So, you were denied entry to the U.S? Let us work to get you in.
“I have entered the U.S. many times for business trips, but Customs & Border Protection just refused me.”
“I have an old criminal conviction in Canada, and have a pardon, but CBP still denied me entry.”
“I was just deported from the U.S. for 5 years even though I was simply going to visit!”
If this sounds like you, it is likely you had a bad experience at the U.S. border. Border agents have a tough job trying to protect the United States at all ports of entry, and they take that responsibility seriously. But the reality is sometimes people are deemed inadmissible when they really should be let in.
Let us help straighten out your situation.
Bringing over 40 years of legal experience
Special Counsel James Grable, Sr. has served as the Buffalo Chief Counsel for the Department of Homeland Security (DHS) from 2003-2012, the Buffalo District Counsel for the former U.S. Immigration and Naturalization Service (INS) and DHS from 1981-2003, and as a Trial Attorney for the INS from 1976-1981. He also taught immigration law at the Federal Law Enforcement Training Center.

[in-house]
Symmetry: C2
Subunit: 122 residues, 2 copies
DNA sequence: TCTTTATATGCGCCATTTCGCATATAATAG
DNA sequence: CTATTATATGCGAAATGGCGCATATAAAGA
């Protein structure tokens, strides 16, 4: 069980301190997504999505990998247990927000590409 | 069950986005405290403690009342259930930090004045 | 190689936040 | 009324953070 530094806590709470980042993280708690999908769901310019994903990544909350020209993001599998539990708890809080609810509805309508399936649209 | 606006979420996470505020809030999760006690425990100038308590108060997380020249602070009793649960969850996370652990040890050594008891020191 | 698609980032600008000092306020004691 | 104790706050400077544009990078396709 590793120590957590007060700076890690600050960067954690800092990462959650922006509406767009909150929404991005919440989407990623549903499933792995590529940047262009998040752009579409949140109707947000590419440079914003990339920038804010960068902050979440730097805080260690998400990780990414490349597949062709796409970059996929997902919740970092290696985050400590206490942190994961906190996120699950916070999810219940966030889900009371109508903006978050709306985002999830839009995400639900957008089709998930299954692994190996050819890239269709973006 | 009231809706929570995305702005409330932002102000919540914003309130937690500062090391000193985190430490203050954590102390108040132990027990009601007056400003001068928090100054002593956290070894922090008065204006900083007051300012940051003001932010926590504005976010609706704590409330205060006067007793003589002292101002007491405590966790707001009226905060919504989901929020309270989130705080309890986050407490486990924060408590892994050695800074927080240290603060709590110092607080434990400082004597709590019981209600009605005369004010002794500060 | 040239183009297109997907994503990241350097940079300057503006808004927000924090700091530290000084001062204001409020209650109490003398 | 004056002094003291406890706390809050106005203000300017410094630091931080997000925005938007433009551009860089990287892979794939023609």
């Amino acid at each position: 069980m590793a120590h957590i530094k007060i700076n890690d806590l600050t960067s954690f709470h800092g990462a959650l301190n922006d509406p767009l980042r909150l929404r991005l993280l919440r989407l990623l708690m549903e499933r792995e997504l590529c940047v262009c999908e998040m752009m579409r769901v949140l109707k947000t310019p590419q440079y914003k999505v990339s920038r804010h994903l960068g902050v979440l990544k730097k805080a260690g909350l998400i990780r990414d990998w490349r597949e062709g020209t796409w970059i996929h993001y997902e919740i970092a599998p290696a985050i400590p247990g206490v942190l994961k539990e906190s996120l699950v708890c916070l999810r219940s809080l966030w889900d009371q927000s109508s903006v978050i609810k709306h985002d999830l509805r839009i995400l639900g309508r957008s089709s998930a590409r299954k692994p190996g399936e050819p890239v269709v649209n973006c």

Over the course of his career with the DHS and the INS in Buffalo, New York, Jim established close working relationships with northern border DHS/INS officials and federal prosecutors. He became a recognized expert on a former U.S. - Canada agreement relating to northern border inspections. He also served as an expert witness for the Canadian Government in Canadian criminal cases that required the interpretation of U.S. immigration laws.
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From Entering the U.S. to Complex Convictions
If you were denied entry, chances are it was for one of the following reasons:
- You presented insufficient documentation to convince the CBP Officer that you have permission to enter or a legitimate reason for him to decide to let you in;
- You gave an implausible reason for entry – the Officer felt you were lying about something or your story just didn’t add up (very common if the Officer thinks you are coming to work without authorization); or
- You said something to make the Officer think you have “immigrant intent.” Immigrant intent means you are going to enter the U.S. and not leave when you are supposed to.
In these scenarios, the burden is on YOU to convince the Officer of your eligibility. If the Officer isn’t convinced, you don’t get in. Call us to help unravel the situation and get you on a path for entry to the U.S.